So we’ll start with Lamu and then slowly grow and, to be exact, we will still continue, strengthen, using the experience that I have, the project that we’re doing. So we will continue with empowering or either transforming traditional birth attendants to become birth companions, we will continue with our mobile reproductive and antenatal care service, we will strengthen and get better ways to do it because we were not doing it in the ideal way. But the experience and the training has really helped me a lot.

VOICEOVER: We hope you’ve enjoyed hearing from Dr. Abubakar Baasba, YALI Network member from Lamu, Kenya. Abubakar has big plans for mothers in Kenya. He hopes someday to be able to build a state-of-the-art maternal and child health center in Kenya that will give expectant mothers and their new babies the best chance at survival.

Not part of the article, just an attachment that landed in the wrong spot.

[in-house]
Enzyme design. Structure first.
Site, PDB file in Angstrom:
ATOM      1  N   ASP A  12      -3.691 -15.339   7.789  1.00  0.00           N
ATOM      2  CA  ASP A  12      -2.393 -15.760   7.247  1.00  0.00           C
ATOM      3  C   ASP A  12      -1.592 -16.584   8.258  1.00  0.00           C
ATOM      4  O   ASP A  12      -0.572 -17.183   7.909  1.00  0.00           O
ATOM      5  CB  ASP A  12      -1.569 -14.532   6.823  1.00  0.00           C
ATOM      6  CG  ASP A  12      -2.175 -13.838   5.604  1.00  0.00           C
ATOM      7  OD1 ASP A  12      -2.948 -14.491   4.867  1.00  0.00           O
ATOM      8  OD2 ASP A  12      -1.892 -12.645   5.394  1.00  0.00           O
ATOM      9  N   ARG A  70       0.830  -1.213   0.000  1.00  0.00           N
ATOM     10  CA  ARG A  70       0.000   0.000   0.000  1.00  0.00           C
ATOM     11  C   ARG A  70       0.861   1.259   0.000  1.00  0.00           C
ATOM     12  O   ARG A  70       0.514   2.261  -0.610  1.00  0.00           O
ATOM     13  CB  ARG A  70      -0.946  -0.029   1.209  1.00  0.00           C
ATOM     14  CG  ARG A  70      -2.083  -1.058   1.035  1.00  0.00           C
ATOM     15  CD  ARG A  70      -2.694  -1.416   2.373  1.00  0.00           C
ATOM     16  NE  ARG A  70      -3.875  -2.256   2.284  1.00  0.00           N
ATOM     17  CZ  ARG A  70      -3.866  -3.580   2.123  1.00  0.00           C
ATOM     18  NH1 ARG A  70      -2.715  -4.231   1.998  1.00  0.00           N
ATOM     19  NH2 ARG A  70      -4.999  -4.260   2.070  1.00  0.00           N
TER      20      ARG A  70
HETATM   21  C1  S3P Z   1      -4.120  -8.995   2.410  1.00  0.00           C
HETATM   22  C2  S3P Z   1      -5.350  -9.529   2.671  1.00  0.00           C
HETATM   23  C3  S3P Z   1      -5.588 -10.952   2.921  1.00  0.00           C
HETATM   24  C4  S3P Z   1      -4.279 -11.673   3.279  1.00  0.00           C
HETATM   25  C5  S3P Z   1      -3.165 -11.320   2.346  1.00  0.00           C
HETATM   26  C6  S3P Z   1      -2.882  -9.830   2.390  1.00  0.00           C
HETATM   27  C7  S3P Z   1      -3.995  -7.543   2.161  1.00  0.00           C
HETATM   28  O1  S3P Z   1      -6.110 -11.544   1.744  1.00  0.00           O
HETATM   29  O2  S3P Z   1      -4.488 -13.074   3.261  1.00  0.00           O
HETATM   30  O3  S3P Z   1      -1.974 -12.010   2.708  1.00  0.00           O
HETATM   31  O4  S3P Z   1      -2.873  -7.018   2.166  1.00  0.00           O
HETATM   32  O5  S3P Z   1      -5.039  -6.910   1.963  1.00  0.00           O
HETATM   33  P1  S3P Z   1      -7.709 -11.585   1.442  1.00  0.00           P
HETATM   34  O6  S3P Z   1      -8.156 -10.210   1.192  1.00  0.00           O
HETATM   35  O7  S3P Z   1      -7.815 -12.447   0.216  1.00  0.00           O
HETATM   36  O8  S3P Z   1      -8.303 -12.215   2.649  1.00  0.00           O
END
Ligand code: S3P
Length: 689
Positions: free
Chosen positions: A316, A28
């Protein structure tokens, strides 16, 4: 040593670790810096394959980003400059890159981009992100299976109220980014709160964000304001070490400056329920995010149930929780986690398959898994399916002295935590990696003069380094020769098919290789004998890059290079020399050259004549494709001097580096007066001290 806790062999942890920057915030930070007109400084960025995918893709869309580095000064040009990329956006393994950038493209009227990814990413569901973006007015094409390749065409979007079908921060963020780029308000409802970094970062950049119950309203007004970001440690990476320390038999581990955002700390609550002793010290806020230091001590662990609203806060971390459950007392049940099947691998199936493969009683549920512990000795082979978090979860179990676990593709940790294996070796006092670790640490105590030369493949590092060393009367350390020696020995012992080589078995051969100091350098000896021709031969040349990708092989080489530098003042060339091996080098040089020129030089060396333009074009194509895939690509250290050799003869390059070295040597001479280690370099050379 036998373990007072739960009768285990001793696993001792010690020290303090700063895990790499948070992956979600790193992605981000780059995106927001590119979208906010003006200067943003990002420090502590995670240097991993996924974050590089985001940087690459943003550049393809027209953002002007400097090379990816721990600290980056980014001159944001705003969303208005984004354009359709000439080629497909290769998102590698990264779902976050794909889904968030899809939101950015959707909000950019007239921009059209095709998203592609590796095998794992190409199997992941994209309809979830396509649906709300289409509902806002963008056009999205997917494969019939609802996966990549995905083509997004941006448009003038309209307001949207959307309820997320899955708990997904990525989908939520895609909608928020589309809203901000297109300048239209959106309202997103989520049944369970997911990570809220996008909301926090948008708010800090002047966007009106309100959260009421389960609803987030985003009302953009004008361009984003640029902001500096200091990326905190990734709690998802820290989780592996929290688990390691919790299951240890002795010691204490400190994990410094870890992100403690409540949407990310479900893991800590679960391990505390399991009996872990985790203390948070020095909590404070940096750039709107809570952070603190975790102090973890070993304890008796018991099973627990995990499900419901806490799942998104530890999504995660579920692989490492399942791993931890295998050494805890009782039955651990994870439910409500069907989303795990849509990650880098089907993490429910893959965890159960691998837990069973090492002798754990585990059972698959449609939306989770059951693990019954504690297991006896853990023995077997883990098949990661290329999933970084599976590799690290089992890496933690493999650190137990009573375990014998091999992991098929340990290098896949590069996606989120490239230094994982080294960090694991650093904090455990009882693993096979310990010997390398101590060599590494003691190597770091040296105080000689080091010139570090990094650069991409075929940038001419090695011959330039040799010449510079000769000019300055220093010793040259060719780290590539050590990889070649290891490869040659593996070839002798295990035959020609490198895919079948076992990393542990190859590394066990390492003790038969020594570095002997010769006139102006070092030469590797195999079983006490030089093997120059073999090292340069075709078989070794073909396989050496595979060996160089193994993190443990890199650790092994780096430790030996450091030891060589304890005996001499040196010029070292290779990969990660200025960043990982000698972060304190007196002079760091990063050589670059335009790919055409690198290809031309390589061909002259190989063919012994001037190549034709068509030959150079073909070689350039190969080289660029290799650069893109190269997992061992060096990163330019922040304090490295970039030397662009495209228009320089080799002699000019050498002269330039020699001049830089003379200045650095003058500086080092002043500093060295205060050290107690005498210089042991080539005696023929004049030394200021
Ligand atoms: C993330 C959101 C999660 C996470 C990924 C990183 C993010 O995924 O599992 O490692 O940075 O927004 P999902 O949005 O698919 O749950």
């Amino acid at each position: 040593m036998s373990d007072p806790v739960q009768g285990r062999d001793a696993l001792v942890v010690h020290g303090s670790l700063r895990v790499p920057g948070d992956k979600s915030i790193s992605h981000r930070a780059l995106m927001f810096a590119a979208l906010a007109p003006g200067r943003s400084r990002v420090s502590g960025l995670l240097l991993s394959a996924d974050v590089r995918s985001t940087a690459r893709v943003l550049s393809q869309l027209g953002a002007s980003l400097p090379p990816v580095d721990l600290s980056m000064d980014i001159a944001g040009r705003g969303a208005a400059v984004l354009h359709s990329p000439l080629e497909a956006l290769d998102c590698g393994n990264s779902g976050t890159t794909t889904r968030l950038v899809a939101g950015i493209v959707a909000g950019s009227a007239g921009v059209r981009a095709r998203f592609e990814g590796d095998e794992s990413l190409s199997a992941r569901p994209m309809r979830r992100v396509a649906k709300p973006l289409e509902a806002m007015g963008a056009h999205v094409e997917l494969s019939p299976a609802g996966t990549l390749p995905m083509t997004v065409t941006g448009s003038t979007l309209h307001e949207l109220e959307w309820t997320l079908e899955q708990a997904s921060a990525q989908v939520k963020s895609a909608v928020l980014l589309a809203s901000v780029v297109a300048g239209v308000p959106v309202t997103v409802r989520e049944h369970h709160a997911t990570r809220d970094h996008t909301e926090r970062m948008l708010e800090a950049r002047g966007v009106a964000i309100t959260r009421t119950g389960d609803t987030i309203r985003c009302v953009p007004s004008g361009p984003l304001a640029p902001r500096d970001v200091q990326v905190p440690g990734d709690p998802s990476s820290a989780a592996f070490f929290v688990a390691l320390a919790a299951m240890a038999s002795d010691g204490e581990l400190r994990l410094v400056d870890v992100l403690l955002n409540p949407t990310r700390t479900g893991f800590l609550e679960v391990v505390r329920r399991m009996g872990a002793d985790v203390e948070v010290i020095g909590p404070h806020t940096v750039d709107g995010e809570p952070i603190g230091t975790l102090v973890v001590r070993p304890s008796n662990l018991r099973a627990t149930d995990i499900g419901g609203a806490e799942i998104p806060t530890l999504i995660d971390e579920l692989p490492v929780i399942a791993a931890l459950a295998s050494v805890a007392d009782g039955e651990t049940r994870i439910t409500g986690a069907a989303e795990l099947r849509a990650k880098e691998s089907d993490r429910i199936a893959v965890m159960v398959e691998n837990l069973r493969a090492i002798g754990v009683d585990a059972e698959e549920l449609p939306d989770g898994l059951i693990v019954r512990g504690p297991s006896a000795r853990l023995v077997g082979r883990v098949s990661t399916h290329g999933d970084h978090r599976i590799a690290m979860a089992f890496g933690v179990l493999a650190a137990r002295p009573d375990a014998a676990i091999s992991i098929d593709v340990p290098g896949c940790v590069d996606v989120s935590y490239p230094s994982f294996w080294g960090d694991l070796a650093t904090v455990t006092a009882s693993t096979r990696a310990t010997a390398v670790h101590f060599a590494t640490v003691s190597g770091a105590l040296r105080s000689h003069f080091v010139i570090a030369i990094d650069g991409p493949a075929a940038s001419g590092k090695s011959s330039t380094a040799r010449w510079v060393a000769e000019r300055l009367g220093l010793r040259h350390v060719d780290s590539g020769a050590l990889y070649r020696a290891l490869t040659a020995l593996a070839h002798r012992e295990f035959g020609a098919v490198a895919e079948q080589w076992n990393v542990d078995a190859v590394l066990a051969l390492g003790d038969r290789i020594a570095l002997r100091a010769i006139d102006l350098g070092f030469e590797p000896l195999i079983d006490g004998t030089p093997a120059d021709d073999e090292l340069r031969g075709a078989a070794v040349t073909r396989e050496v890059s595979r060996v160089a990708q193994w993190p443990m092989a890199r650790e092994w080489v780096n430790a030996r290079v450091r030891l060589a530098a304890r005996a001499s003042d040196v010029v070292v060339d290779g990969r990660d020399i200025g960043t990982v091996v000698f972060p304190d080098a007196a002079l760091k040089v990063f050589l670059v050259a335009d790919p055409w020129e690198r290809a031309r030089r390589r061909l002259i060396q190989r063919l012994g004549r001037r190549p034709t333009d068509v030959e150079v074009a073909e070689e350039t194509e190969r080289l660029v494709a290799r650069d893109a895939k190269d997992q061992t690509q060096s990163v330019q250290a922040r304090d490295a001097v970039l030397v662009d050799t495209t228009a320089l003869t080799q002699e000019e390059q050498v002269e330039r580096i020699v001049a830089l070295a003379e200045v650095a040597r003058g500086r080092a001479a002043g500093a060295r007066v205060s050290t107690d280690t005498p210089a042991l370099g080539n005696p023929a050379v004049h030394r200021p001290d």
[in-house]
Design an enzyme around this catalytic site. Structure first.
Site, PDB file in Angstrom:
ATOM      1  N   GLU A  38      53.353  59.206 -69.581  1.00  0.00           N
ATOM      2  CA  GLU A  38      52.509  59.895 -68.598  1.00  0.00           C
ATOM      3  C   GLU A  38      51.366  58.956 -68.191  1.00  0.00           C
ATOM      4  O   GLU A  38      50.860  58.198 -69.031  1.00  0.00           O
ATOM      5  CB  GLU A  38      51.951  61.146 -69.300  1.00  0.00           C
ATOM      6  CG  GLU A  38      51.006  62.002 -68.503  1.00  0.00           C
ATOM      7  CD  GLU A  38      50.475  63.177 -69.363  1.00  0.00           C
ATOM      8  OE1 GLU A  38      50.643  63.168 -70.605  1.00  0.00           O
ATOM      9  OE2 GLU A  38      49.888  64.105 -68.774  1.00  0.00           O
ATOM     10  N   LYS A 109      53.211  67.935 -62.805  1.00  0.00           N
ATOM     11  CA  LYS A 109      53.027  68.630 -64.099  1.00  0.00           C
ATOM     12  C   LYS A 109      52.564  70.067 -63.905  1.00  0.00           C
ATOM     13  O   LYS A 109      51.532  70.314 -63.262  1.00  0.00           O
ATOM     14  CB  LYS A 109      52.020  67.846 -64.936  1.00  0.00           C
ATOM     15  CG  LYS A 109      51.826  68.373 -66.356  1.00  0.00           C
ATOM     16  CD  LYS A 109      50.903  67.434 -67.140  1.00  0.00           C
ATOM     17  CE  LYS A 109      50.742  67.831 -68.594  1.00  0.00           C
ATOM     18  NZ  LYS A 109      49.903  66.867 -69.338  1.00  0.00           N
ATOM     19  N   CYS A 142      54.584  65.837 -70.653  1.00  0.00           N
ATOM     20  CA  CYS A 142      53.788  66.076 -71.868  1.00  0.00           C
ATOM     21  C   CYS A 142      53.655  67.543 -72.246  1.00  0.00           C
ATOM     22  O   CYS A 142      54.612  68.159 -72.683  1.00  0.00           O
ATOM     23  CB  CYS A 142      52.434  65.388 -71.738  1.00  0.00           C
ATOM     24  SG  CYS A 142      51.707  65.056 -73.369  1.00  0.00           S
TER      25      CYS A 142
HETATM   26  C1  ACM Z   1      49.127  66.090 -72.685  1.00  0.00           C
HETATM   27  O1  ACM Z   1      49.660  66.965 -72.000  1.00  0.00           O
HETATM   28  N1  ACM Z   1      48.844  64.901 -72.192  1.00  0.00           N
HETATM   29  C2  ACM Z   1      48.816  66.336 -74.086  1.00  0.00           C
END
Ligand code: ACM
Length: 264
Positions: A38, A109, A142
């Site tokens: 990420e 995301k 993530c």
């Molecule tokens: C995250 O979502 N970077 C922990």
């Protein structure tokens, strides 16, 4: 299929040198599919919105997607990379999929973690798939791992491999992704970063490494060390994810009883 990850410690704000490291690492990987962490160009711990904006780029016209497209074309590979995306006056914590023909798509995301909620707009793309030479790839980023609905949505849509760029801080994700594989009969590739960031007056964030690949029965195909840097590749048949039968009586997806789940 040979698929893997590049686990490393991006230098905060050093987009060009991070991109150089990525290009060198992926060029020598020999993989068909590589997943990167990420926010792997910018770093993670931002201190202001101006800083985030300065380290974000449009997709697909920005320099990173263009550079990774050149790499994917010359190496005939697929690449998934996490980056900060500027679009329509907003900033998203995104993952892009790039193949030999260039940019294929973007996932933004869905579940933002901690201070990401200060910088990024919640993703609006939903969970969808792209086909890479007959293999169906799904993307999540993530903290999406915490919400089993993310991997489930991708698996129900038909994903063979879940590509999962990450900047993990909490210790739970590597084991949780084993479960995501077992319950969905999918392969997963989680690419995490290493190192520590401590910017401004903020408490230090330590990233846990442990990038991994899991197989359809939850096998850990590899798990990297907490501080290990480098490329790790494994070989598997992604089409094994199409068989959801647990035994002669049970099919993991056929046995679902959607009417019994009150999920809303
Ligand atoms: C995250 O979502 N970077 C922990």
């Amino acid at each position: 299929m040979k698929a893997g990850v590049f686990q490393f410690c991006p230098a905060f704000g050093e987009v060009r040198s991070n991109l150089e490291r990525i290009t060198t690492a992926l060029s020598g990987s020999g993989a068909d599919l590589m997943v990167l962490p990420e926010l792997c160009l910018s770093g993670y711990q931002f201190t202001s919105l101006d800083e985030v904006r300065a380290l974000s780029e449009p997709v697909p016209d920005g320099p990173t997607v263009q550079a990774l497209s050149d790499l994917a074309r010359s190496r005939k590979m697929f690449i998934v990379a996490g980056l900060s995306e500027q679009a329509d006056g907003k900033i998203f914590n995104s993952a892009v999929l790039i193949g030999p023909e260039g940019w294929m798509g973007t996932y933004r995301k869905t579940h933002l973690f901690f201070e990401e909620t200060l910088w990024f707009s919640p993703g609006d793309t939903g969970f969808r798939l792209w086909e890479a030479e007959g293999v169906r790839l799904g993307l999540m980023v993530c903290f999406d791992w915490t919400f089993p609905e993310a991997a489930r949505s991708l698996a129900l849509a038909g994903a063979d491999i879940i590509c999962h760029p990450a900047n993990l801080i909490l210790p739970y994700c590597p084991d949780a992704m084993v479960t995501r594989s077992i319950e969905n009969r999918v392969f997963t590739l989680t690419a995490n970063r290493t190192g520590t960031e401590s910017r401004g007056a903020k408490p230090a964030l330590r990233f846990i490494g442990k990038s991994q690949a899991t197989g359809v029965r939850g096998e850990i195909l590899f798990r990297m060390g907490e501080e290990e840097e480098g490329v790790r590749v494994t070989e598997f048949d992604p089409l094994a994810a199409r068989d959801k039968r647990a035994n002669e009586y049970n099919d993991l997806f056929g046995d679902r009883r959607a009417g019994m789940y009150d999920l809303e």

Thanks, Abubakar, and thank you for listening.

Be sure to come back for more inspiring stories from young African leaders on the YALI Voices podcast.


♪ E go happen, oh ♪ ♪ E go happen, oh ♪ ♪ E go happen, oh ♪

Join the YALI Network at yali.lab.dev.getusinfo.com and be a part of something bigger!

Our theme music is “E Go Happen,” by Grace Jerry and produced by the Presidential Precinct.

The YALI Voices podcast is brought to you by the U.S. Department of State and is part of the Young African Leaders Initiative, which is funded by the U.S. government.

The views and opinions expressed here belong to the author or interviewee and do not necessarily reflect those of the YALI Network or the U.S. government.